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Comments

  • qbrozenqbrozen Posts: 25,716
    Used them all the time in my 135, CTS, and Stelvio. Almost never in my 330. Just the type
    of driving I do now I guess. I’m more about fuel economy lately. 

    '18 BMW 330xi; '67 Coronet R/T; '14 Town&Country Limited; '18 BMW X2. 47-car history and counting!

  • andres3andres3 Southern CAPosts: 10,814
    If' I had paddle shifters that didn't shift immediately, I'd throw the car off a cliff. Thankfully, I don't buy CVT paddle-shifted cars.

    Audi mastered the dual clutch as of 2006.... with the '06 A3. 106,000 miles on that puppy before I sold it, and the next owner took it to over 150K miles.
    '16 Audi TTS quattro 2.0T, '17 VW Golf Alltrack SE 4-Motion 1.8T, '16 Kia Optima LX 1.6T
  • andres3andres3 Southern CAPosts: 10,814
    stickguy said:

    They are faster than a human can operate a clutch---no argument from me there!

    The point is--are you driving or are you steering?

    might be relevant if you are driving flat out on a track. In normal driving, even the rare spirited back road type, I bet most people (including me) don't push the envelope to that extreme, so the fraction of a second difference is meaningless. But the tactile experience and sense of control isn't. ATs are IMO much more likely to spend time trying to hold a much too high gear, or hunting around for the right one, than they are to be snapping off powershifts at the redline.

    They are more relaxing in stop and go traffic though. Not that lightning quick gear changes matter much in that use!
    Lighting quick gear changes probably help contribute to the superior fuel economy though.
    '16 Audi TTS quattro 2.0T, '17 VW Golf Alltrack SE 4-Motion 1.8T, '16 Kia Optima LX 1.6T
  • henrynhenryn Houston, TXPosts: 2,558
    andres3 said:

    If' I had paddle shifters that didn't shift immediately, I'd throw the car off a cliff. Thankfully, I don't buy CVT paddle-shifted cars.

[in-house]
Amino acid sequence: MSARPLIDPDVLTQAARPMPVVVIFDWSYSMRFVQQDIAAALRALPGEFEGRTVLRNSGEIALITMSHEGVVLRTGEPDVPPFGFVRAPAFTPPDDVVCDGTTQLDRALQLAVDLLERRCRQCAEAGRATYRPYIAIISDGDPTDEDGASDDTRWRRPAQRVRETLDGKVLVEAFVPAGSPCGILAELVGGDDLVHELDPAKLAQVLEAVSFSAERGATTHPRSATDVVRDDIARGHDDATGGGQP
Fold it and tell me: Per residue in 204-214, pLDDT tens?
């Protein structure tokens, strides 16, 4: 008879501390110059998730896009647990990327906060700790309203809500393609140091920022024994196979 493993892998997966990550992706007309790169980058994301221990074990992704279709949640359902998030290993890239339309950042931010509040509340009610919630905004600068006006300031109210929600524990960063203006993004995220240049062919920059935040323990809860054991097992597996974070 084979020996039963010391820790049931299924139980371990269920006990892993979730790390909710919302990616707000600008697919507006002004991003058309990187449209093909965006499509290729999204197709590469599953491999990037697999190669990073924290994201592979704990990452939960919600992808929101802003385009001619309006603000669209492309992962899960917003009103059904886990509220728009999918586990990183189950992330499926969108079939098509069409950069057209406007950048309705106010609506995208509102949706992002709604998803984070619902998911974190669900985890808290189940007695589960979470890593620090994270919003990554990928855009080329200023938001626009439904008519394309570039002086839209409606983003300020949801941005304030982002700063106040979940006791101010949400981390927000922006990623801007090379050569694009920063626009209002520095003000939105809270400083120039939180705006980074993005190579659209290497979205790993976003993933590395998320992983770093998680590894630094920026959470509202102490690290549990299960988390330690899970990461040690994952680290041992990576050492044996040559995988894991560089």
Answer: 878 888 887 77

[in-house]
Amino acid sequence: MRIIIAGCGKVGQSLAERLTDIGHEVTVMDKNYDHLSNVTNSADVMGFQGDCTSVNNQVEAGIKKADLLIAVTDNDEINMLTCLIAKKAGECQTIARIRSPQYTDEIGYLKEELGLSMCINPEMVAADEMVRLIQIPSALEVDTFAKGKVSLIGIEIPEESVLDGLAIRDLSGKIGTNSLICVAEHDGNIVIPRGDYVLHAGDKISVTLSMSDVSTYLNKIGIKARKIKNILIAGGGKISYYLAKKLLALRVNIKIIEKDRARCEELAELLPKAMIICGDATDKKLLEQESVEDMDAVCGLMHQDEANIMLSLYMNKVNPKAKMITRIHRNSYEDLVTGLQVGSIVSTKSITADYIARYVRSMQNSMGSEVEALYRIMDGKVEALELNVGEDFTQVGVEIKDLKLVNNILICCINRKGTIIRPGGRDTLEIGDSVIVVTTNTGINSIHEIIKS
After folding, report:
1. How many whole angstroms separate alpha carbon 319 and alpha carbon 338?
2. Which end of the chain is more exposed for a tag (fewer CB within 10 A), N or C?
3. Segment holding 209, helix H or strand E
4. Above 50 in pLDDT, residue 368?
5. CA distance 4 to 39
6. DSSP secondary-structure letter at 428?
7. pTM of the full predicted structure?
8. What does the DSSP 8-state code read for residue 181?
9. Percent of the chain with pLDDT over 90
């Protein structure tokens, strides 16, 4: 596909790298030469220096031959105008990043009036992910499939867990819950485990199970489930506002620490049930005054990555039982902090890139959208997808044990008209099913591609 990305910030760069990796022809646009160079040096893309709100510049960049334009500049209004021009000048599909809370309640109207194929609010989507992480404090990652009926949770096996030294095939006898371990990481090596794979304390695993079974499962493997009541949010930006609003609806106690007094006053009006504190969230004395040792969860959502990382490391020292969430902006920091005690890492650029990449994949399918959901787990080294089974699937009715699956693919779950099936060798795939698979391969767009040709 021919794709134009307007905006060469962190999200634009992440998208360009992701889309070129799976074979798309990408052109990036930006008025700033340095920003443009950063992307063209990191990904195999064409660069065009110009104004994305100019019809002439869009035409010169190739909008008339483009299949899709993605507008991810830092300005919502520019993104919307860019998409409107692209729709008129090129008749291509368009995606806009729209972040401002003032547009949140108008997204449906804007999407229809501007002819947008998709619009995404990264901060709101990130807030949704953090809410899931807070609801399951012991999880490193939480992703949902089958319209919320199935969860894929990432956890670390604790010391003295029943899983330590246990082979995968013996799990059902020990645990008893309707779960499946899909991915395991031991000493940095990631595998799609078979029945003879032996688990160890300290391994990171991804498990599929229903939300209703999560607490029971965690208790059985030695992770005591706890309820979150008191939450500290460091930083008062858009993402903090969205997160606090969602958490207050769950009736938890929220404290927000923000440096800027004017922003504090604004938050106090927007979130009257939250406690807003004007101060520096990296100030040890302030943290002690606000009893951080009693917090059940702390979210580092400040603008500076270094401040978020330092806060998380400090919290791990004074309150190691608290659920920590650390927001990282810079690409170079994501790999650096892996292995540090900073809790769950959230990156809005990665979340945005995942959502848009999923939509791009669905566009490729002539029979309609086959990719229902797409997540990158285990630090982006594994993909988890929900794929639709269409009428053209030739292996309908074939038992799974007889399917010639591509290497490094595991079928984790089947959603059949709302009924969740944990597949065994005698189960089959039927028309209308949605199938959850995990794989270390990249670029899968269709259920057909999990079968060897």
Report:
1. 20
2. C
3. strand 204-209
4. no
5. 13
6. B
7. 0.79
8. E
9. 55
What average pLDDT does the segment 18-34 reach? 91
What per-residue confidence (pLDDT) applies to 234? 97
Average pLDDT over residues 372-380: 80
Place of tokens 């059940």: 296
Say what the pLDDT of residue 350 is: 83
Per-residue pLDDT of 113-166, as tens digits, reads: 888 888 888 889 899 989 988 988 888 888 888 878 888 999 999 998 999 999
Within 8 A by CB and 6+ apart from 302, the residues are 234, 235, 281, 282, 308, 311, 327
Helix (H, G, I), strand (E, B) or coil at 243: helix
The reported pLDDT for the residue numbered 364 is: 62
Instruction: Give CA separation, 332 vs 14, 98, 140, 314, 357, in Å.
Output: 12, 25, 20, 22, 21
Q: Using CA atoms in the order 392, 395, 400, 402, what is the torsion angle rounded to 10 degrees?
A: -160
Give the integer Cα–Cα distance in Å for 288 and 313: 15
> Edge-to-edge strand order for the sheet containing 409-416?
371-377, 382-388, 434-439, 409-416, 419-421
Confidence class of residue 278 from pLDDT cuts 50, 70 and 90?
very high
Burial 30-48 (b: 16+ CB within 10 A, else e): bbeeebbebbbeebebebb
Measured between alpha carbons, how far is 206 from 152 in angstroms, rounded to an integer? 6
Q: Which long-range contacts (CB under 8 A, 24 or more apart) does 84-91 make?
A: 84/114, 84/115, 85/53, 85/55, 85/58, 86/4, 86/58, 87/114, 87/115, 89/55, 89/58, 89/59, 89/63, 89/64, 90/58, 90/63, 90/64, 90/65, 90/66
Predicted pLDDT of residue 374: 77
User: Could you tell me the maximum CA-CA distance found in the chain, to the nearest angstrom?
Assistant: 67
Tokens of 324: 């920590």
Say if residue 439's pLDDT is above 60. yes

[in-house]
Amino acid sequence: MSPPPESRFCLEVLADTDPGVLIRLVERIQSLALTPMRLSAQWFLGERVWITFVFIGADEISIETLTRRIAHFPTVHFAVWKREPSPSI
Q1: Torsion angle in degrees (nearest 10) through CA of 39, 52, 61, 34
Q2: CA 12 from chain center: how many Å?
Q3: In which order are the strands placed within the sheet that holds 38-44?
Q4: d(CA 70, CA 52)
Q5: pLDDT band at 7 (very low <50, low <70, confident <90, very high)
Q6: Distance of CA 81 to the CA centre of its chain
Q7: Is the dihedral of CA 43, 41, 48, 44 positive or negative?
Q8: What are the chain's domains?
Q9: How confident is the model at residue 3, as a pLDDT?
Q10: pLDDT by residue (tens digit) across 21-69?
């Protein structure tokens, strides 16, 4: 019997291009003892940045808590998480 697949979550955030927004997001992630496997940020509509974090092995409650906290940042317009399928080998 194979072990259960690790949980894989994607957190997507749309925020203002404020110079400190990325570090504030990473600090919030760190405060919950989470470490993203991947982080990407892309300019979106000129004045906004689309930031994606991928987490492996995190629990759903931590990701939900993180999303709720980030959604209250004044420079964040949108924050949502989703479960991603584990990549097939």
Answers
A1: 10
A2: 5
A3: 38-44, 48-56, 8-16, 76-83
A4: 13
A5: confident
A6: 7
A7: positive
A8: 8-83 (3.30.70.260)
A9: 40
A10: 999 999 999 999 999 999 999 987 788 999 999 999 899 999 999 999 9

Audi mastered the dual clutch as of 2006.... with the '06 A3. 106,000 miles on that puppy before I sold it, and the next owner took it to over 150K miles.

    Anecdotal evidence is just that, anecdotal. And even if none of them blew up, that still wouldn't mean they had "mastered the dual clutch". If the driving experience was not what most of the owners wanted or expected, then you couldn't really say "mastered".
    2018 Ford F150 XLT Crew Cab, 2016 Chrysler Town & Country Touring
  • andres3andres3 Southern CAPosts: 10,814
    henryn said:

    andres3 said:

    If' I had paddle shifters that didn't shift immediately, I'd throw the car off a cliff. Thankfully, I don't buy CVT paddle-shifted cars.

    Audi mastered the dual clutch as of 2006.... with the '06 A3. 106,000 miles on that puppy before I sold it, and the next owner took it to over 150K miles.

    Anecdotal evidence is just that, anecdotal. And even if none of them blew up, that still wouldn't mean they had "mastered the dual clutch". If the driving experience was not what most of the owners wanted or expected, then you couldn't really say "mastered".
    Well, I think the "satisfaction" rating for A3 owners was VERY high. Also, there's a lot of high-mile A3's running around, so they must have done something right.

    I would say reviews were "mixed" on the DSG, but a well-trained and calibrated DSG worked wonders in my opinion. Yes, the transmissions were trainable,and had a "learning" computer "brain." It's important to note they work like a manual, not like an automatic. I personally like the mechanical feel, whereas some people call it a "lurch" upon stopping.
    '16 Audi TTS quattro 2.0T, '17 VW Golf Alltrack SE 4-Motion 1.8T, '16 Kia Optima LX 1.6T
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